Fifth about The Seventh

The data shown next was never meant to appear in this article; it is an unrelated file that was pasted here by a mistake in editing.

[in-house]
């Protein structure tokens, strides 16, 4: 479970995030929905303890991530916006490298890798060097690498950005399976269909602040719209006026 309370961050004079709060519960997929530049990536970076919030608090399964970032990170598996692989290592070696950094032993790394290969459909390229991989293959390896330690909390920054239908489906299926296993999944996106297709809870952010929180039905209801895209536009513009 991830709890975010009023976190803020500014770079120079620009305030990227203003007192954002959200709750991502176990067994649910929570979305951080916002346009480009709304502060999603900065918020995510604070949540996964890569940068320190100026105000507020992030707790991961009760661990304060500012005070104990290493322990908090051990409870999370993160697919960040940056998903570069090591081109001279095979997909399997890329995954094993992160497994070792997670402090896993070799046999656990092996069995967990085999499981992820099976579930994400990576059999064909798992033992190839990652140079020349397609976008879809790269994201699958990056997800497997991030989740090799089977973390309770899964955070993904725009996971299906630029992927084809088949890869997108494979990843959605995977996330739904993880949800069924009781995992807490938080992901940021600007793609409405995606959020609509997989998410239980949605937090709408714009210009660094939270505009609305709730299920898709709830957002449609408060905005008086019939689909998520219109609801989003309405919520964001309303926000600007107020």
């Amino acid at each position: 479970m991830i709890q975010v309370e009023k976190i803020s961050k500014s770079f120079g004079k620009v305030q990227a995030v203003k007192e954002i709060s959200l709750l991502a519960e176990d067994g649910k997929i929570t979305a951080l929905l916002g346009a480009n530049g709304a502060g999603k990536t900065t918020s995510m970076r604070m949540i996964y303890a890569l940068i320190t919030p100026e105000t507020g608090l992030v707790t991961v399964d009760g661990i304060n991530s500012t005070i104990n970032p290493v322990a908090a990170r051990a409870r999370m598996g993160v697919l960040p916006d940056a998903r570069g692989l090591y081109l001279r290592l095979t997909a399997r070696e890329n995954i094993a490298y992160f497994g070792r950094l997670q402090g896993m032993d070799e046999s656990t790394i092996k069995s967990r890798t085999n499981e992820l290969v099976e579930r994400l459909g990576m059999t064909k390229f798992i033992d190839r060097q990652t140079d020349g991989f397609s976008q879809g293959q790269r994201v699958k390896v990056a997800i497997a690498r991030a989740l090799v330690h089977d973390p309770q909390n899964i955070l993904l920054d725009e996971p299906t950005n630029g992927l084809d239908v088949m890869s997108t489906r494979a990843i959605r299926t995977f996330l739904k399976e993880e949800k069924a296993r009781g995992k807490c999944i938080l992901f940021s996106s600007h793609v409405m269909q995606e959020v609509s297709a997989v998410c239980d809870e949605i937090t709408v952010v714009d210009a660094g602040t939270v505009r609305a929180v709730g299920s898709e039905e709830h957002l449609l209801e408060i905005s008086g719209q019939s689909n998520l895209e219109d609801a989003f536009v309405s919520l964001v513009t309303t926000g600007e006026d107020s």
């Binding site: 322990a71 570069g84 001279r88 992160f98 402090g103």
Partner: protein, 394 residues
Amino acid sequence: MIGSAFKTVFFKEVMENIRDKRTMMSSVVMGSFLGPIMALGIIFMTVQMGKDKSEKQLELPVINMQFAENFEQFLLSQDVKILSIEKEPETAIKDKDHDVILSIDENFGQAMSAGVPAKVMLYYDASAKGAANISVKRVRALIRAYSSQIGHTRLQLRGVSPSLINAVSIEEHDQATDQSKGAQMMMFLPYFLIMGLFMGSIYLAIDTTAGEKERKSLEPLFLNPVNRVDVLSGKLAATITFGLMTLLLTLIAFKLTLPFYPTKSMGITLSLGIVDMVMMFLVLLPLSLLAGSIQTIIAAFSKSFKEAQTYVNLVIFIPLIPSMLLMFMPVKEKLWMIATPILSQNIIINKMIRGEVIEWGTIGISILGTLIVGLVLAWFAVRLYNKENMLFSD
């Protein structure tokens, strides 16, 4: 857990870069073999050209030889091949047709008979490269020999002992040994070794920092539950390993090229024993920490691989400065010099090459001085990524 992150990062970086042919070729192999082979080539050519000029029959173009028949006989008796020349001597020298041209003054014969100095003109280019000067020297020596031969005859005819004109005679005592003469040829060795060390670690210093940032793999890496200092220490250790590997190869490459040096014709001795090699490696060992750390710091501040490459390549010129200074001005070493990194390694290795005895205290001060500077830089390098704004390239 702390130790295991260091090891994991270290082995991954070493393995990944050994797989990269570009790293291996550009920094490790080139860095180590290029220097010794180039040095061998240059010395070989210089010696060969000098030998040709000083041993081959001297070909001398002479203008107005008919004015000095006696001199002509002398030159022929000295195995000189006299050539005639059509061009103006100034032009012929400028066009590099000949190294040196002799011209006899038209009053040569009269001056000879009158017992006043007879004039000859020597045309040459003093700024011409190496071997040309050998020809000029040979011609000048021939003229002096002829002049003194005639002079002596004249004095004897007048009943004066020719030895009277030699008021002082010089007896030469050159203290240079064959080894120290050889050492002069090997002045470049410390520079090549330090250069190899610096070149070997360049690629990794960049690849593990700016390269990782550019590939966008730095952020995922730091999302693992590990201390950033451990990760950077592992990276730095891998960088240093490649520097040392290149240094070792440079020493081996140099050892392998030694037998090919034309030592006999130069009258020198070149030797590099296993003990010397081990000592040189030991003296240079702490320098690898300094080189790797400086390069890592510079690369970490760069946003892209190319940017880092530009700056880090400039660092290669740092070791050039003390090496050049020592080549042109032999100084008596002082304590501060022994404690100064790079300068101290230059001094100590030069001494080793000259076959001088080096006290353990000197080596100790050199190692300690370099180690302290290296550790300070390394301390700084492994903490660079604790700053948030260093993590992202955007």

Bright: within its own mythology, David Ayer’s action film goes from a buddy-cop story to an apocalyptic villain with no elegance or effectiveness whatsoever. The comments on racism, which could have potential in the exploration of a world such as the one put together by screenwriter Max Landis, is instead shallow and lacking any subtlety. In short, the story tries to do too much and accomplishes next to nothing. Add to that a weak villain, an unsympathetic protagonist and generic supporting characters. Will Smith is tasked with an annoying, thankless role; Noomi Rapace may look the part, but she is typically wooden, unconvincing; Joel Edgerton is buried under a mountain of make-up, but makes good use of his voice. The make-up is well-done, but makes it hard to distinguish one character from the other (not much of an issue, considering the characters in question). Roman Vasyanov’s images are murky, dark; the action is non-descript and hard to follow, partly due to the darkness, partly due to the choreography.


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